Russia has stepped up its air strikes on IS smuggling routes in eastern Syria with devastating results. But also integral to the air operations is the cutting off of weapons routes in the northwest to fuel the insurgents along the entire western flank, including around Damascus.
The surrender of the various mercenary brigades and the breaking of sieges around Damascus is vindication of Russia’s military tactics; and also its narrative about the nature of the whole conflict in Syria.
The Western notion of «moderate rebels» and «extremists» is being exposed as the nonsense that it is. And so Western media are compelled to evacuate any meaningful context from their coverage of recent events in Syria.
Riad Haddad, Syria’s ambassador to Russia, spoke the plain truth in recent days when he said: «We are at a turning point in the Syrian army operations against terrorists – namely the transition from defense to attack… [because of] the effective work of the Russian air force in Syria». But the ambassador’s comments were scarcely, if at all, reported in the Western media. Simply because those words vindicate Russia’s military intervention and its general policy towards Syria.
Also missing or downplayed in the Western media coverage of the truces across Syria is the question of where the surrendering mercenaries are being evacuated to. They are not being bussed to other places inside Syria. That shows that there is no popular support for these insurgents. Despite copious Western media coverage contriving that the Syrian conflict is some kind of «civil war» between a despotic regime and a popular pro-democracy uprising, the fact that surrendering militants have no where to go inside Syria patently shows that these insurgents have no popular base.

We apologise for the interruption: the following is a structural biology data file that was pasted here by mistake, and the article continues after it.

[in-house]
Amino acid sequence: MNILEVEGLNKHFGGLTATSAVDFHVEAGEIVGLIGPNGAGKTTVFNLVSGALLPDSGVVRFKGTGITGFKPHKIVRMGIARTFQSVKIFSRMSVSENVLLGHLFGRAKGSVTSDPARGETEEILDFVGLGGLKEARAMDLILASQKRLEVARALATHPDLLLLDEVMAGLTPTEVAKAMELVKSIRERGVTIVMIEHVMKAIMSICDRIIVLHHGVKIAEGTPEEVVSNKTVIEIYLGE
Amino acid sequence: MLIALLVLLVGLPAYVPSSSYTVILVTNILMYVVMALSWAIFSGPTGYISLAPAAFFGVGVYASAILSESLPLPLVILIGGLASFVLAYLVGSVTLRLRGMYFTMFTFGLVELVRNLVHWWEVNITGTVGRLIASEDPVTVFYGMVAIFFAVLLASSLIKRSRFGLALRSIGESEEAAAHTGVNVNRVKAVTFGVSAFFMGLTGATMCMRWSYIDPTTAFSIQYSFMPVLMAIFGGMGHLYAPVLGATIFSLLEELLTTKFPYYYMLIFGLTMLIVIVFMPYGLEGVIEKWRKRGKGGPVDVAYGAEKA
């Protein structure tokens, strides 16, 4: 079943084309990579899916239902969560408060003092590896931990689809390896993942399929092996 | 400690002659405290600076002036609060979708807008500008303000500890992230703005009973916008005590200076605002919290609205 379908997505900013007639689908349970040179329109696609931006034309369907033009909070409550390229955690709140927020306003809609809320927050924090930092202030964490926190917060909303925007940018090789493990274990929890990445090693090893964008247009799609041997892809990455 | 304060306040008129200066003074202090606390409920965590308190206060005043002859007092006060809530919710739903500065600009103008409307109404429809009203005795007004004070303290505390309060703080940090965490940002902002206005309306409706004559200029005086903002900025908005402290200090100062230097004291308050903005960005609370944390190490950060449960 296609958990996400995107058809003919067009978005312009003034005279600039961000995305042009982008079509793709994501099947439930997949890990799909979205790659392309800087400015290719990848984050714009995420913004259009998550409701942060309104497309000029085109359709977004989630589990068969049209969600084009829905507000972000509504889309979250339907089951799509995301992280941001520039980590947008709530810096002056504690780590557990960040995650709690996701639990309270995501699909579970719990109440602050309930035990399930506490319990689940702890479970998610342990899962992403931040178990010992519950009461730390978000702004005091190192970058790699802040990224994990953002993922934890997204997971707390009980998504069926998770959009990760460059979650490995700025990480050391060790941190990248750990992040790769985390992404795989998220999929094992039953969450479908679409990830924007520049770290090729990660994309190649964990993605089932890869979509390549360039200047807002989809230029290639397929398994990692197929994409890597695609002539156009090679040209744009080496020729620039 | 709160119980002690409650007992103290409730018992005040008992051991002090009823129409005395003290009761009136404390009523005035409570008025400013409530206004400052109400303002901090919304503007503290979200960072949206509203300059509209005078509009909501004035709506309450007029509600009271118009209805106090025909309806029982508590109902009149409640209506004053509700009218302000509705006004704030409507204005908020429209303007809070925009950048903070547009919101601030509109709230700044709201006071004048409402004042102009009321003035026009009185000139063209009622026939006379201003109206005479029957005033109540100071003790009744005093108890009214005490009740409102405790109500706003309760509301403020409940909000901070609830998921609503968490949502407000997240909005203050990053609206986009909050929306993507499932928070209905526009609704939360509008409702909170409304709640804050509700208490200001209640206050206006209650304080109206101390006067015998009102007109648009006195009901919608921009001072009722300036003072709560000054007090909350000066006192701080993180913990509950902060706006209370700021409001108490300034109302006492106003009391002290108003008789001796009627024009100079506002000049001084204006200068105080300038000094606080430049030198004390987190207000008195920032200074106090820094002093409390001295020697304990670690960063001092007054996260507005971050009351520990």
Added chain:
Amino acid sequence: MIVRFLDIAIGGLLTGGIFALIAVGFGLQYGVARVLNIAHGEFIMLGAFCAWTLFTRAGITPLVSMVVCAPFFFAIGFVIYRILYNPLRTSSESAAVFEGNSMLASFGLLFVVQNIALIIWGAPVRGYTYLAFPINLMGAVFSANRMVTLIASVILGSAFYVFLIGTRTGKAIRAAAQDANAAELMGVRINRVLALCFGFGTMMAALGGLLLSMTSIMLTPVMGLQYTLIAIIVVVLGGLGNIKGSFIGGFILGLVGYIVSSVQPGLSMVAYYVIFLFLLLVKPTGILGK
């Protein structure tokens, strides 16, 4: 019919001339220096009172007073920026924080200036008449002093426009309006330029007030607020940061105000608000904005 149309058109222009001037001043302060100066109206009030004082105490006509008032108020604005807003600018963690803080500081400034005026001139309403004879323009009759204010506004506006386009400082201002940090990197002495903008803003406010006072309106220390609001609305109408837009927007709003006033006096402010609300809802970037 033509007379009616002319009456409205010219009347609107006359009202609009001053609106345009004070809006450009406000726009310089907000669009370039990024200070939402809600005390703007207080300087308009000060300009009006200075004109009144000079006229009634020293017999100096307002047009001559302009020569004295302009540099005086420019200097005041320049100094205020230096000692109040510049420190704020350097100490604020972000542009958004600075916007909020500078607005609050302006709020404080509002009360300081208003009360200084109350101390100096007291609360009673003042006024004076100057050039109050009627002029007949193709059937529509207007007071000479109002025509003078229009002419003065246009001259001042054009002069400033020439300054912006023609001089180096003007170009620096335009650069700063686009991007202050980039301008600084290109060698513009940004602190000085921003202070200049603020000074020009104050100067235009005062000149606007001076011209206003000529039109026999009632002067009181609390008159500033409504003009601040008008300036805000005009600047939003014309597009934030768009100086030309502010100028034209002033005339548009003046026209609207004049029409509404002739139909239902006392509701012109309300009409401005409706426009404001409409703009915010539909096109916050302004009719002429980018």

In other words, this is a foreign-backed war on Syria; a covert war of aggression on a sovereign country utilizing terrorist proxy armies.
So where are the terrorist remnants being shipped to? According to several reports, the extremists are being given safe passage into Turkey, where they will receive repair and sanctuary from the President Recep Tayyip Erdogan – and no doubt subsidized by the European Union with its $3.5 billion in aid to Ankara to «take care of refugees».
Again, this is another indictment of the state-terrorist links of NATO-member Turkey, which the EU is recently giving special attention to for accession to the bloc.
Russia is not only vindicated in Syria. The Western governments, their media and their regional client regimes are being flushed out like the bandits on the ground in Syria.
If the UN-sponsored peace process due to start in the New Year succeeds to end the conflict in Syria, it will be largely down to Russia’s military campaign that has wiped out the terrorist proxies working on behalf of the Western criminal enterprise for regime change in that country.
Finian Cunningham, Strategic Culture Foundation